Usque’s poem did not win the same popularity as two other elegiac histories of the same period. These were the “Rod of Judah” (Shebet Jehudah) and the “Valley of Tears” (Emek ha-Bachah). The former was the work of three generations of the Ibn Verga family. Judah died before the expulsion from Spain, but his son Solomon participated in the final troubles of the Spanish Jews, and was even forced to join the ranks of the Marranos. The grandson, Joseph Ibn Verga, became Rabbi in Adrianople, and was cultured in classical as well as Jewish lore. Their composite work, “The Rod of Judah,” was completed in 1554. It is a well-written but badly arranged martyrology, and over all its pages might be inscribed the Talmudical motto, that God’s chastisements of Israel are chastisements of love. The other work referred to is Joseph Cohen’s “Valley of Tears,” completed in 1575. The author was born in Avignon in 1496, four years after his father had shared in the exile from Spain. He himself suffered expatriation, for, though a distinguished physician and the private doctor of the Doge Andrea Doria, he was expelled with the rest of the Jews from Genoa in 1550. Settled in the little town of Voltaggio, he devoted himself to writing the annals of European and Jewish history. His style is clear and forcible, and recalls the lucid simplicity of the historical books of the Bible.

The only other histories that need be critically mentioned here are the “Branch of David” (Zemach David), the “Chain of Tradition" (Shalsheleth ha-Kabbalah), and the “Light of the Eyes” (Meör Enayim). Abraham de Porta Leone’s “Shields of the Mighty” (Shilte ha-Gibborim, printed in Mantua in 1612); Leon da Modena’s “Ceremonies and Customs of the Jews,” (printed in Paris in 1637); David Conforte’s “Call of the Generations” (Kore ha-Doroth, written in Palestine in about 1670); Yechiel Heilprin’s “Order of Generations” (Seder ha-Doroth, written in Poland in 1725); and Chayim Azulai’s “Name of the Great Ones” (written in Leghorn in 1774), can receive only a bare mention.

The author of the “Branch of David,” David Cans, was born in Westphalia in about 1540. He was the first German Jew of his age to take real interest in the study of history. He was a man of scientific culture, corresponded with Kepler, and was a personal friend of Tycho Brahe. For the latter Cans made a German translation of parts of the Hebrew version of the Tables of Alfonso, originally compiled in 1260. Cans wrote works on mathematical and physical geography, and treatises on arithmetic and geometry. His history, “Branch of David,” was extremely popular. For a man of his scientific training it shows less critical power than might have been expected, but the German Jews did not begin to apply criticism to history till after the age of Mendelssohn. In one respect, however, the “Branch of David” displays the width of the author’s culture. Not only does he tell the history of the Jews, but in the second part of his work he gives an account of many lands and cities, especially of Bohemia and Prague, and adds a striking description of the secret courts (Vehmgerichte) of Westphalia.

It is hard to think that the authors of the “Chain of Tradition” and of the “Light of the Eyes” were contemporaries. Azariah di Rossi (1514-1588), the writer of the last mentioned book, was the founder of historical criticism among the Jews. Elias del Medigo (1463-1498) had led in the direction, but di Rossi’s work anticipated the methods, of the German school of “scientific” Jewish writers, who, at the beginning of the present century, applied scientific principles to the study of Jewish traditions. On the other hand, Gedaliah Ibn Yachya (1515-1587) was so utterly uncritical that his “Chain of Tradition” was nicknamed by Joseph Delmedigo the “Chain of Lies.” Gedaliah was a man of wealth, and he expended his means in the acquisition of books and in making journeys in search of sacred and profane knowledge. Yet Gedaliah made up in style for his lack of historical method. The “Chain of Tradition” is a picturesque and enthralling book, it is a warm and cheery retrospect, and even deserves to be called a prose epic. Besides, many of his statements that were wont to be treated as altogether unauthentic have been vindicated by later research. Azariah di Rossi, on the other hand, is immortalized by his spirit rather than his actual contributions to historical literature. He came of an ancient family said to have been carried to Rome by Titus, and lived in Ferrara, where, in 1574, he produced his “Light of the Eyes.” This is divided into three parts, the first devoted to general history, the second to the Letter of Aristeas, the third to the solution of several historical problems, all of which had been neglected by Jews and Christians alike. Azariah di Rossi was the first critic to open up true lines of research into the Hellenistic literature of the Jews of Alexandria. With him the true historical spirit once more descended on the Jewish genius.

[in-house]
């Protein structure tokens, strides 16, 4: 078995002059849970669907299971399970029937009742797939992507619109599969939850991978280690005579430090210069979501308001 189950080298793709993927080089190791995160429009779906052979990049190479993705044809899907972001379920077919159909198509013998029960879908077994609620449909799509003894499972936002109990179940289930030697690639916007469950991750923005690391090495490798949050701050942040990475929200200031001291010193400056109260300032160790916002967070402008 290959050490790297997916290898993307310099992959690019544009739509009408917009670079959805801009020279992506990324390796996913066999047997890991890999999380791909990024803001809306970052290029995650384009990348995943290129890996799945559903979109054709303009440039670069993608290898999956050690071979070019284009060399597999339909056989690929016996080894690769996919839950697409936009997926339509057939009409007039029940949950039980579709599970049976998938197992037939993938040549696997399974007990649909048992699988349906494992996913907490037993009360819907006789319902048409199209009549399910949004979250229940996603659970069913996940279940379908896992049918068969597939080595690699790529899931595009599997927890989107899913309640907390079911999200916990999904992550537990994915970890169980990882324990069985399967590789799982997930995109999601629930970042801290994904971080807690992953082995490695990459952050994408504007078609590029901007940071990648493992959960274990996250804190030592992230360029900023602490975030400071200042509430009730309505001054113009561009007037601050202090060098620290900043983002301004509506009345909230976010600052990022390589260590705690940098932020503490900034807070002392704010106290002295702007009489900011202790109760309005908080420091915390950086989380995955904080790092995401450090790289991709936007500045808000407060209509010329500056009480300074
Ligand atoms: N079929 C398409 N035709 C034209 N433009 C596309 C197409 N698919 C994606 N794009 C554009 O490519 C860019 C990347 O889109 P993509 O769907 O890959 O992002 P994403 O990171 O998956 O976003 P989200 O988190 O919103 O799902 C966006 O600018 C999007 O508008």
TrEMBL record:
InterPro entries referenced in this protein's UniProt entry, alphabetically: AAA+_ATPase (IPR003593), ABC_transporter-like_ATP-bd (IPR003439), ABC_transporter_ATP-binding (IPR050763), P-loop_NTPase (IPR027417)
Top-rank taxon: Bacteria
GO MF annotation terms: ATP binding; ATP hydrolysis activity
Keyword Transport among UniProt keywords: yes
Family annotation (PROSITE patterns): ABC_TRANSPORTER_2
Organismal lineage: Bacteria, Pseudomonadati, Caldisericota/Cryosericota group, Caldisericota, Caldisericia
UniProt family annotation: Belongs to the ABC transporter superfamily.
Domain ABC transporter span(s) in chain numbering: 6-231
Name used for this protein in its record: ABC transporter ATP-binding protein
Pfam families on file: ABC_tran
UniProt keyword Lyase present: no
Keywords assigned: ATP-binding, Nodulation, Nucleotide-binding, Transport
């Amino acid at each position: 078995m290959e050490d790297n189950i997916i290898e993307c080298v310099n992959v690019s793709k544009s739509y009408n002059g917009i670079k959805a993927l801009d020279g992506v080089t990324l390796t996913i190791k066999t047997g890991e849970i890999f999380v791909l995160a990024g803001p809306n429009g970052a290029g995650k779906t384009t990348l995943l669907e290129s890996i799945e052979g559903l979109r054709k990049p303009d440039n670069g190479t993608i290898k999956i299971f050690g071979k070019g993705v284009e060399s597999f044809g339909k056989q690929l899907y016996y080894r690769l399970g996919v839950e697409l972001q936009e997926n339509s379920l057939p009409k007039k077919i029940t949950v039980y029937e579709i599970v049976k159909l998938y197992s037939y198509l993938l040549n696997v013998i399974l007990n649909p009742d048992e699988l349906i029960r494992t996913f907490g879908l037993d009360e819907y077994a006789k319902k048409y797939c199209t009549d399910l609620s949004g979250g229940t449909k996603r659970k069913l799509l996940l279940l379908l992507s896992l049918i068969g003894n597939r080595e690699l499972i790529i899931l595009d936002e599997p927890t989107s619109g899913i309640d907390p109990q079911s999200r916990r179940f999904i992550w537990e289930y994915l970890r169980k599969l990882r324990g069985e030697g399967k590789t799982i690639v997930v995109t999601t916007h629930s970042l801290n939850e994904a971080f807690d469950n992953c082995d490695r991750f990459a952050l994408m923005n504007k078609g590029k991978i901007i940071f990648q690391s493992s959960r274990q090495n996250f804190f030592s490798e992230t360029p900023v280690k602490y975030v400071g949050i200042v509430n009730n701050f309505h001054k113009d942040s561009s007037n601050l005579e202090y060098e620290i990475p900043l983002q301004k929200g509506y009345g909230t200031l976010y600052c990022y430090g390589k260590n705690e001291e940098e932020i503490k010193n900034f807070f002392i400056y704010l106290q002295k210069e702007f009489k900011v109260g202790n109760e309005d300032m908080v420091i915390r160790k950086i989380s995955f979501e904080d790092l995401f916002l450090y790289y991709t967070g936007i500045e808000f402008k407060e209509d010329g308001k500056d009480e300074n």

Steinschneider.–Jewish Literature, p. 75, seq., 250
A. Neubauer.–Introductions to Medieval Jewish Chronicles,
  Vols. I and II (Oxford, 1882, etc.).


Zunz.–Sufferings of the Jews in the Middle Ages (translated by
  A. Löwy, Miscellany of the Society of Hebrew Literature,
  Vol. I). See also J.Q.R., VIII, pp. 78, 426, 611.

Abraham Ibn Daud.

Graetz.–III, p. 363 [373].


Graetz.–IV, pp. 366, 367, 391 [393].


Graetz.–IV, p. 406 [435].


Graetz.–IV, p. 555 [590].

Chronicle of Joseph ben Joshua the Priest (English translation by Bialoblotzky. London, 1835-6).

Elia Delmedigo.

Graetz.–IV, p. 290 [312].


Graetz.–IV, p. 638 [679].


Graetz.–IV, p. 609 [655].


Graetz.–IV, p. 614 [653].


Preface  •  Chapter I. The “Vineyard” At Jamnia  •  Chapter II. Flavius Josephus and the Jewish Sibyl  •  Chapter III. The Talmud  •  Chapter IV. The Midrash and Its Poetry  •  Chapter V. The Letters of the Gaonim  •  Chapter VI. The Karaitic Literature  •  Chapter VII. The New-Hebrew Piyut  •  Chapter IX. Dawn of the Spanish Era  •  Chapter X. The Spanish-Jewish Poets (I)  •  Chapter XI. Rashi and Alfassi  •  Chapter XII. The Spanish-Jewish Poets (II)  •  Chapter XIII. Moses Maimonides  •  Chapter XIV. The Diffusion of Science  •  Chapter XV. The Diffusion of Folk-Tales  •  Chapter XVI. Moses Nachmanides  •  Chapter XVII. The Zohar and Later Mysticism  •  Chapter XVIII. Italian Jewish Poetry  •  Chapter XIX. Ethical Literature  •  Chapter XX. Travellers’ Tales  •  Chapter XXI. Historians and Chroniclers  •  Chapter XXII. Isaac Abarbanel  •  Chapter XXIII. The Shulchan Aruch  •  Chapter XXIV. Amsterdam in the Seventeenth Century  •  Chapter XXV. Moses Mendelssohn